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FROM THE LIBERALS OF MOSCOW TO GENERAL LORIS MELIKOFF, CHIEF OF THE

SUPREME EXECUTIVE COMMISSION. The unfortunate condition of Russia at the heavy penalties, in the shape of the interdiction present time is due to the fact that there has of street sales and the deprivation of the right arisen in Russian society a party which acts to print advertisements, which fall upon the with great irrationality, and is carrying on a periodical press with crushing force. Quescontest with the Government in a manner tions of first-class importance are wholly rewith which right-thinking people, no matter moved by censorial prohibition from the field what their position or degree of education, of newspaper discussion, and that at the very cannot sympathize. This contest, which is se- time when they most occupy public attention. ditious in its character, manifests itself in a Within the past year the prohibition has been series of acts of violence directed against the extended even to educational subjects, such as ruling authorities. The question is, How can the classical system of instruction and the laws the evil be remedied ?

regulating universities. In order to answer this question it is nec- Measures as important as university reform essary first to uncover the real causes of the are considered secretly and kept concealed evil. The object of the present letter is to from the people. Then there are other subshow

jects which the periodical press is directed to First. That the principal reason for the discuss "with especial caution and circummorbid form which the contest with the Gov- spection,"— a phrase which, in the language ernment has taken is the absence in Russia of the censors, has almost the force of a comof any opportunity for the free development plete prohibition. Newspapers are not even of public opinion and the free exercise of pub- allowed to publish facts, if such facts comprolic activity.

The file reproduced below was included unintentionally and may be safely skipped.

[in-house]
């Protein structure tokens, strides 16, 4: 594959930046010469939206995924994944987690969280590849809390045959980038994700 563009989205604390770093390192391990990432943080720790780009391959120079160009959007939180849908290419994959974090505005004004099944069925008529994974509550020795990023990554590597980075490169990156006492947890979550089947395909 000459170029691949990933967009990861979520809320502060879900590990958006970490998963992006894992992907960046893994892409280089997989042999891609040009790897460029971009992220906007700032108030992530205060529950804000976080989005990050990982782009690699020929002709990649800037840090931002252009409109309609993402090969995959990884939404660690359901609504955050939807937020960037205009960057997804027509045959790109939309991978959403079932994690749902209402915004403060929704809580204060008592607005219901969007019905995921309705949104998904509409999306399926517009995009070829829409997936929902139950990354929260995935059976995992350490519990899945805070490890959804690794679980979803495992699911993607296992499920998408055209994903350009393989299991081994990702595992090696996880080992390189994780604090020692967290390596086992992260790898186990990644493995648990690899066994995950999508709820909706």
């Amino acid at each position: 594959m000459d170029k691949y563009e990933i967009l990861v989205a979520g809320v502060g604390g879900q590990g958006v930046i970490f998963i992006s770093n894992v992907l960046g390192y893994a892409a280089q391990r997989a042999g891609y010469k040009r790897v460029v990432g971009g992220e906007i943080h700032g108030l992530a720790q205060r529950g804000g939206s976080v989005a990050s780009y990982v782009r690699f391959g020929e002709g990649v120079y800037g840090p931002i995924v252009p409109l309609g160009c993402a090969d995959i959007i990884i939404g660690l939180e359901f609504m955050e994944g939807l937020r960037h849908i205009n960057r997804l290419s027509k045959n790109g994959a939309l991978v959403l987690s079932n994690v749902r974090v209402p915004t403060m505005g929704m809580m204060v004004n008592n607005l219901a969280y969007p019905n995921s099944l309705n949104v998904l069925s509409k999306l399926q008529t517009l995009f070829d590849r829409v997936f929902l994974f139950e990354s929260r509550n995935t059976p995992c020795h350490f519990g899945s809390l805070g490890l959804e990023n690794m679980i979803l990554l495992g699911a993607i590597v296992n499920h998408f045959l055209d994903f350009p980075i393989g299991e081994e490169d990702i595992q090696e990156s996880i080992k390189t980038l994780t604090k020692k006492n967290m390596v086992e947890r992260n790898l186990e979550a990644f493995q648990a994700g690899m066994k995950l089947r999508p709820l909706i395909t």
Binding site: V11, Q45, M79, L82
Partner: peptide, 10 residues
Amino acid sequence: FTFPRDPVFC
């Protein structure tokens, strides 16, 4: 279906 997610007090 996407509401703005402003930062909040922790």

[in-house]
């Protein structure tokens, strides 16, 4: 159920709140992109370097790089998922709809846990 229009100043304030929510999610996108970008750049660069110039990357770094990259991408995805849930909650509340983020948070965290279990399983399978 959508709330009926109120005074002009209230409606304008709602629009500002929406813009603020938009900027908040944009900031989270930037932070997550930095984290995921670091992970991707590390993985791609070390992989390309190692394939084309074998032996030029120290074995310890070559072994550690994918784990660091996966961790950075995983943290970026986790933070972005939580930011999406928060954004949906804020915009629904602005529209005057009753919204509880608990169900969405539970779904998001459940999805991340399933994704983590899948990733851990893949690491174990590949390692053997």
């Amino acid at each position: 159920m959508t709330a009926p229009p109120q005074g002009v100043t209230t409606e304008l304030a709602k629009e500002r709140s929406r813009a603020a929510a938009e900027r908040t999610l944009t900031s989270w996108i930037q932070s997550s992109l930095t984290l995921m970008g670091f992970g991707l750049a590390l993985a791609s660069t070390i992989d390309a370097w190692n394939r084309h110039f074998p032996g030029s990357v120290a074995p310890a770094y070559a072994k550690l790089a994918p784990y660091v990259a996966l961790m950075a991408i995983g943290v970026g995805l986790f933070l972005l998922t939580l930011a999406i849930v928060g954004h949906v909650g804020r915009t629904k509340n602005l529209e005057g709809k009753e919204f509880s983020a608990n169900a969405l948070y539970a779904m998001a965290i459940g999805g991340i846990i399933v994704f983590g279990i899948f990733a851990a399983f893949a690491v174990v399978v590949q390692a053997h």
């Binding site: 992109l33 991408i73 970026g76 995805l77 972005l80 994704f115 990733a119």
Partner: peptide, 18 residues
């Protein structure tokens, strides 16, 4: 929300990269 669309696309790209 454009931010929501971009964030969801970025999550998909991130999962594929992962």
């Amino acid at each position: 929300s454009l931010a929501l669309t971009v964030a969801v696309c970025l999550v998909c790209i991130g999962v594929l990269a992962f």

mise or reflect in any way upon governmental Second. That the evil cannot be eradicated organs. All remember the recent case of the by any sort of repressive measures.

newspaper “Golos," which was severely punThird. That the present condition of the ished for merely publishing the facts with repeople, many of whose most urgent needs®are gard to the illegal imprisonment of certain wholly unsatisfied, constitutes ample cause for dissenting prelates. † The press must, therefore, dissatisfaction, and that this dissatisfaction, either be silent or hypocritical, or must express having no means of free expression, necessa- itself in the language of allegory - a language rily manifests itself in morbid forms.

which demoralizes literature and which often Fourth. That the causes which underlie this unnecessarily excites public opinion. If the wide-spread discontent cannot be removed by newspapers discuss governmental measures governmental action alone, but require the within the narrow limits to which they are friendly coöperation of all the vital forces of confined, their readers seek for hidden meansociety.

ing and unexpressed opinion between the

lines. If, on the other hand, a newspaper praises I.